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Cheers to you, readers! Photo by Trina Woldt
Cheers! North County Columns

Cheers! North County: Delivery can’t bring what we need most

Welcome to the Cheers! North County column. I recently hosted a surprise birthday party for my wife. It was about as logistically flawed an idea as I’ve had in a while, but it brought together family and friends from all over the country to celebrate.

It made her feel special that so many people in her life took time to spend with her even though coronavirus has kept us apart. We adapted, and the smile she had was so beautiful and genuine. I projected our video chat on the wall. People wore funny birthday hats, and at one point a puppet showed up.

The only downside was that we ran out of beer, and her favorite Juneshine Hard Kombucha. Without thinking much about it, I flipped open my laptop and added some Pizza Port to our grocery order. Then I set up a Juneshine order.

Less than a day later a guy showed up with a case of hard kombucha while I was sweeping the patio, and when the groceries arrived a six-pack of Chronic Amber Ale was nestled in next to the tortilla chips and raisins.

Hard kombucha brought to your door. Photo by Ryan Woldt

When we began social distancing, I had never before had groceries delivered. Certainly, never alcohol. The whole idea seemed insane to me. Part of the joy of making meals is picking out the ingredients. The joy of stocking the fridge is going to the bottle shop to explore, to ogle beer labels, to ask the shopkeeper what is new.

Then one day I put on ski goggles, a mask and a pair of gloves to go to the grocery at 6 a.m. to avoid crowds. That day I changed and committed to the good and bad of delivery.

Since then we’ve been at home aggressively distancing, getting deliveries and drinking together alone. The few in-person social interactions we had all revolved around having a drink with someone to feel “normal” again.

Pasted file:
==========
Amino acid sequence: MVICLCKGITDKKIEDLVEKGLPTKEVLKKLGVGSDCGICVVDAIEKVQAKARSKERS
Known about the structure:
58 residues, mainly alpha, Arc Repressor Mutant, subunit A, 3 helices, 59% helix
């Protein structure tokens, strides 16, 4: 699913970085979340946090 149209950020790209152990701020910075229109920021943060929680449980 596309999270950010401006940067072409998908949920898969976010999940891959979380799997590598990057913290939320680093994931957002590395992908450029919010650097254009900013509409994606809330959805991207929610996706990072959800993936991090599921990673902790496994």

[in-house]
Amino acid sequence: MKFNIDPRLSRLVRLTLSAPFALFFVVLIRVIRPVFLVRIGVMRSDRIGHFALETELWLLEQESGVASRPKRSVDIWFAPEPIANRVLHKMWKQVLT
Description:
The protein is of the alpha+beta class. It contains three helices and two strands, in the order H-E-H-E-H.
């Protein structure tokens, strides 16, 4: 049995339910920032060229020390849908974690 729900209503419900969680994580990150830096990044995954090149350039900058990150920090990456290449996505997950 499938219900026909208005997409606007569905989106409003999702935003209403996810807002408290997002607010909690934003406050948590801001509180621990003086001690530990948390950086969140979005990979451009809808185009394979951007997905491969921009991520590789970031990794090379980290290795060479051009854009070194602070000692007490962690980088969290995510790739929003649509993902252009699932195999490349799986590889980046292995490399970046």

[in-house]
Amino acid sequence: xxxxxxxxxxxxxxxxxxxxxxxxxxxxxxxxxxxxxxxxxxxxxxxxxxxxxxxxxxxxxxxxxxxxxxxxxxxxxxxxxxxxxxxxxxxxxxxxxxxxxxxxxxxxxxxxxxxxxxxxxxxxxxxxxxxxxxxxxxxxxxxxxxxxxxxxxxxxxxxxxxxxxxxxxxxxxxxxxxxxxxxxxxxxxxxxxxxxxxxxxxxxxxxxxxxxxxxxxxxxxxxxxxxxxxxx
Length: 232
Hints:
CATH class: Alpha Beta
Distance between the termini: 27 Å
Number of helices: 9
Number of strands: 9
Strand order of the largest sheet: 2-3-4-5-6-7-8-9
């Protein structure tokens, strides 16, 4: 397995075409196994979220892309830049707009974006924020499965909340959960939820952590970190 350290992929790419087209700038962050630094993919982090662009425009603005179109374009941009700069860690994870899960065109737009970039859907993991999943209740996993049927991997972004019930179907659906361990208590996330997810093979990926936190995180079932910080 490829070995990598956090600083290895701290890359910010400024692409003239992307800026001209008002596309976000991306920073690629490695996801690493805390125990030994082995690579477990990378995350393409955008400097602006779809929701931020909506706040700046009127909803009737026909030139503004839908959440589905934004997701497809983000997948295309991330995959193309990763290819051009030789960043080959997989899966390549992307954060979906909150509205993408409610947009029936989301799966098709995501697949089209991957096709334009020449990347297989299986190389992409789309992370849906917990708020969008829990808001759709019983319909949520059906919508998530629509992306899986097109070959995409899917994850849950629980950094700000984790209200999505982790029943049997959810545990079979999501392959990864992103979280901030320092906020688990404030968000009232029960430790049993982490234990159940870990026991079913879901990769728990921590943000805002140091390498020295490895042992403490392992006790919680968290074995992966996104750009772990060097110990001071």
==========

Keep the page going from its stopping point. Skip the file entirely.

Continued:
Socially distanced, bring your own beverage happy hours complete with bleach-wiped chairs happened. Random pop-ins for a pint went away, replaced by planned meetups over video chats with family and friends who had to cancel vacation visits. Our circle has been strong and connected, but something has been missing too.

Delivery services have played a big role in this new social experiment we’ve been living in. They filled the gaps in availability and safely accessible products. A temporary relaxing of laws allowed some of our favorite breweries to start shipping, providing direct-to-consumer delivery where cans of deliciousness end up on our front porch.

These are fundamental changes in how alcohol has traditionally been distributed in the state of California. These are changes that businesses, individuals and California made quickly based on the shared experience of the COVID-19 pandemic. We’ve quickly adapted our capabilities on a large scale for the betterment and safety of many.

Delivery is a luxury we have here in North County. It is a luxury to be able to afford it, and I don’t take it for granted. But what we’ve lost by not going out into the world is the chance to meet new people with different backgrounds, stories, and histories and lift a pint with them.

As a younger beer adventurer, I began seeking out breweries in the places I lived and traveled. Craft beer was in its growth phase. If you were at the brewery, we had beer in common, and because of that we felt emboldened to drink together.

Because we drank together, we learned from each other. We changed each other.

At the beginning of this column, I said, “Welcome,” and meant it. Sharing ideas, stories, histories and experiences with each other is just as much a part of sharing a beverage as the drink itself. It doesn’t matter if it is beer, wine, coffee or cocktail. Drinking together is sharing together. It is the experience of hearing, learning and growing as we go.

Change doesn’t stop just because it is convenient. This past week has re-shined a light on many of society’s continued failings. That light is brightest right now, but the need for change, for advocating for those who need it and are impacted by those failings isn’t going away.

We need to continue to grow and to put ourselves out there. We’ve shown that we can. Now is the time for welcoming and embracing that change in order to move our communities forward.

Now is a time to have a drink together. Cheers to you all.